Reviews of Homeward Bound

“3.5 out of 4 stars” - People Magazine                                                               “The brilliance of Emily Matchar’s new book is that it exhaustively describes what disillusioned workers are opting into: a slower, more sustainable, and more self-sufficient lifestyle that’s focused on the home. Matchar synthesizes dozens of trend stories … into a single, compelling narrative about the resurgence of domesticity….Refreshing.” -The New Republic                                                       "[P]rovocatively explores what the movement says about the role of women in society today.” – The New Yorker                                                                       "I unreservedly loved it…It’s empathetic and funny and thoughtful and smart, and I encourage all of you to read it."– The Hairpin                                                         “Cogently argues that choosing a more hands-on, DIY lifestyle – family farming, canning, crafting, can, without sacrificing feminism’s hard-won gains, improve on an earlier time when ‘people lived more lightly on the earth and relied less on corporations, and family and community came first.’” - ELLE                                                               “[I]ntelligent and insightful...essential reading.” - Christianity Today                                                       “A lively and perceptive reporter… a valuable and astute assessment.”—Publishers Weekly                                                         “A well-researched look at the resurgence of home life…. Offers intriguing insight into the renaissance of old-fashioned home traditions.”— Kirkus Reviews

What is New Domesticity?

This blog is a look at the social movement I call ‘New Domesticity’ – the fascination with reviving “lost” domestic arts like canning, bread-baking, knitting, chicken-raising, etc. Why are women of my generation, the daughters of post-Betty Friedan feminists, embracing the domestic tasks that our mothers and grandmothers so eagerly shrugged off? Why has the image of the blissfully domestic supermom overtaken the Sex & the City-style single urban careerist as the media’s feminine ideal? Where does this movement come from? What does it mean for women? For families? For society?                                                                                     My book, Homeward Bound: Why Women Are Embracing the New Domesticity, which explores New Domesticity in greater depth, will be published by Simon & Schuster in May 2013.

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Homeward Bound excerpt on Salon

In Salon today, an excerpt from Homeward Bound, from the chapter titled “Cupcake Feminists, Hipster Jam Canners, and “Femivores”: The New DIY Food Culture.”

In this excerpt, I talk about the sudden rise of interest in stuff like jam-canning and chicken-keeping among young, educated people, look at the perils of foodie nostalgia (was food really better in our great great grandmother’s day?), and examine the sexist and classist assumptions of celebrated food writers like Michael Pollan and Michael Ruhlman:

In progressive, middle-class circles these days, there’s the overwhelming sense that procuring and cooking the freshest, healthiest, most sustainably sourced food should be a top priority for any thinking person.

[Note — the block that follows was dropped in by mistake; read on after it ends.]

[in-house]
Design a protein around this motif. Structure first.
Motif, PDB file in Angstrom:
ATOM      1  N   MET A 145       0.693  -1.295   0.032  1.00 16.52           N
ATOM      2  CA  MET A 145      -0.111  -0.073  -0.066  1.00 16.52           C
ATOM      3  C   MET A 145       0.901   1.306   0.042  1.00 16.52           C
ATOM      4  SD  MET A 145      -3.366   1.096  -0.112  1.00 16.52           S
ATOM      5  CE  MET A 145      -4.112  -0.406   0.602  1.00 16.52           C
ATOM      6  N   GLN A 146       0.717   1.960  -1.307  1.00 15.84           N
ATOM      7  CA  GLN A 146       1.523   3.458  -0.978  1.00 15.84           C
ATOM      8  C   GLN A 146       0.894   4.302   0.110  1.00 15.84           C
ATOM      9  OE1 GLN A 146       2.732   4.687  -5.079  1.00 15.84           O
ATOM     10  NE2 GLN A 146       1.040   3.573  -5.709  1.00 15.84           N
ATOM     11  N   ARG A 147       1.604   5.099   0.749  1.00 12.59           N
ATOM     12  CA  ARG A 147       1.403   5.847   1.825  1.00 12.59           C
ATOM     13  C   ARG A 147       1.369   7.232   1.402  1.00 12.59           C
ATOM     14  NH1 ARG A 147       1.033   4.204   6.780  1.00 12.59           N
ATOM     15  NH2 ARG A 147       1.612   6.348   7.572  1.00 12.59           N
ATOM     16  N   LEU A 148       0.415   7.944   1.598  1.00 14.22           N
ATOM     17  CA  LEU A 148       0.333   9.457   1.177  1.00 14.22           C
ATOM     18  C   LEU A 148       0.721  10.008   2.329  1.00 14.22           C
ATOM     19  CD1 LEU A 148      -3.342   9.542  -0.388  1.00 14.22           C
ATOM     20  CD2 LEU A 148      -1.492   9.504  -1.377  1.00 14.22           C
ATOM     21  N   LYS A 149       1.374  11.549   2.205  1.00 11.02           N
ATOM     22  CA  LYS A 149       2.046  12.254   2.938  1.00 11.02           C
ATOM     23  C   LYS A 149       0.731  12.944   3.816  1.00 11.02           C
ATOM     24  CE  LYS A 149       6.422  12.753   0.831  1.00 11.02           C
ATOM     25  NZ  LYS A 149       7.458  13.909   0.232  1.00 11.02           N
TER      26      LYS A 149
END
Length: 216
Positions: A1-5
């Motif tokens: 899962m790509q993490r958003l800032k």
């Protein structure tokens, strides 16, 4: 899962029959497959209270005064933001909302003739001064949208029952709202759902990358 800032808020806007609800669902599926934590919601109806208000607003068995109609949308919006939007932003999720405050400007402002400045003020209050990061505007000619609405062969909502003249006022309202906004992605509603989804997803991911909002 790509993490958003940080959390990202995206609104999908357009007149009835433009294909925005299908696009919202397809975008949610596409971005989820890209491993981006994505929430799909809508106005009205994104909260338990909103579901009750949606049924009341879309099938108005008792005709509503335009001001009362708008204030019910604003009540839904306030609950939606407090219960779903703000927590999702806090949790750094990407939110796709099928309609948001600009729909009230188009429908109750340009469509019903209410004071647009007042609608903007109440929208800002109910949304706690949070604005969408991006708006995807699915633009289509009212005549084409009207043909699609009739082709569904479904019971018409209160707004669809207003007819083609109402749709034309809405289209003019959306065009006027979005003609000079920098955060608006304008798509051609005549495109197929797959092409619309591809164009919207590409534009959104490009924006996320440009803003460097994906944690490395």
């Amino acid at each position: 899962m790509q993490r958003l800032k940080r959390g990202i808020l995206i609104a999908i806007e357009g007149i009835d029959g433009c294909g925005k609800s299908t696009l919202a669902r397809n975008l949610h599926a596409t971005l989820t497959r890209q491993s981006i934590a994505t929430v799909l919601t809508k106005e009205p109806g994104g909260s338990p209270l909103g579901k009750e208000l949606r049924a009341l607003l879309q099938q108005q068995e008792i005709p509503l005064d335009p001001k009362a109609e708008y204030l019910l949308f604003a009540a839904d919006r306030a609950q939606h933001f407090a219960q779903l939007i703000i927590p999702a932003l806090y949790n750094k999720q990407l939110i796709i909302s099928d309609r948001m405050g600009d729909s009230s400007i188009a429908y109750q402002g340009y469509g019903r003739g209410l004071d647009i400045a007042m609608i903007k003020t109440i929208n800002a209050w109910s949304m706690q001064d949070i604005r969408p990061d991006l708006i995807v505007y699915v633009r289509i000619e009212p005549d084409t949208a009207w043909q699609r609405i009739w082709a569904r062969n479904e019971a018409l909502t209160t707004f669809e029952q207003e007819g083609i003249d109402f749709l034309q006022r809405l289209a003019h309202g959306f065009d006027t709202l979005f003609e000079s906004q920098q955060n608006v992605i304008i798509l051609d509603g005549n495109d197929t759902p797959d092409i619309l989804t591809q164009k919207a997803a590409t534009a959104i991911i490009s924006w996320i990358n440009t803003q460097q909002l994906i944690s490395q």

Food choices have become important political acts, with deep moral and environmental consequences. As self-righteous and irritating as this attitude can sometimes feel, it’s still speaking to a very real and scary truth. With rising obesity rates, a destructive system of factory farming, and terror-inducing 24/7 news stories about antibiotics in chicken and E. coli in spinach, many people have come to feel that their own food choices are among the most meaningful life decisions they can make.

…Our country is clearly in a dire state when it comes to obesity and the environmental impact of factory farming, so the fact that more people care about food is terrific. But the kitchen’s always been a fraught place when it comes to gender and class, and the twenty-first century is shaping up to be no different. For some, the new cooking culture is incredibly empowering. Others are finding themselves tied up in apron strings all over again…

Let me know what you think!

DON’T FORGET: Pre-order Homeward Bound by May 7, and we donate $1 per copy to the National Partnership for Women and Families.


3 comments to Homeward Bound excerpt on Salon

  • Joy

    This is fantastic! Very excited for your book and more myth-busting about feminism, etc. Your writing always wakes me up to the fact that I am very squarely situated in middle class culture, and I ingest these kinds of myths/beliefs/opinions daily. Thanks for helping us to sort it all out!

  • Emily

    Thanks, Joy!

  • Lena

    I enjoyed your Salon article. I haven’t read anything by Michael Pollan, that I’m aware of, but this quote was just so shocking: ““American women now allow corporations to cook for them”…

    American WOMEN allow corporations to cook for them? Because American men are such great cooks that they would never let a corporation do it for them? Or because they are robots that do not need food? Or because…oh wait, because they have had women cooking for them since the dawn of time. But now, if the corporations, run primarily by men, do a bad job of it, it can only be the fault of those women, for not cooking good enough in the house and letting the corporations take over. What a baffling, and deeply, deeply misogynistic, assertion. Amazing.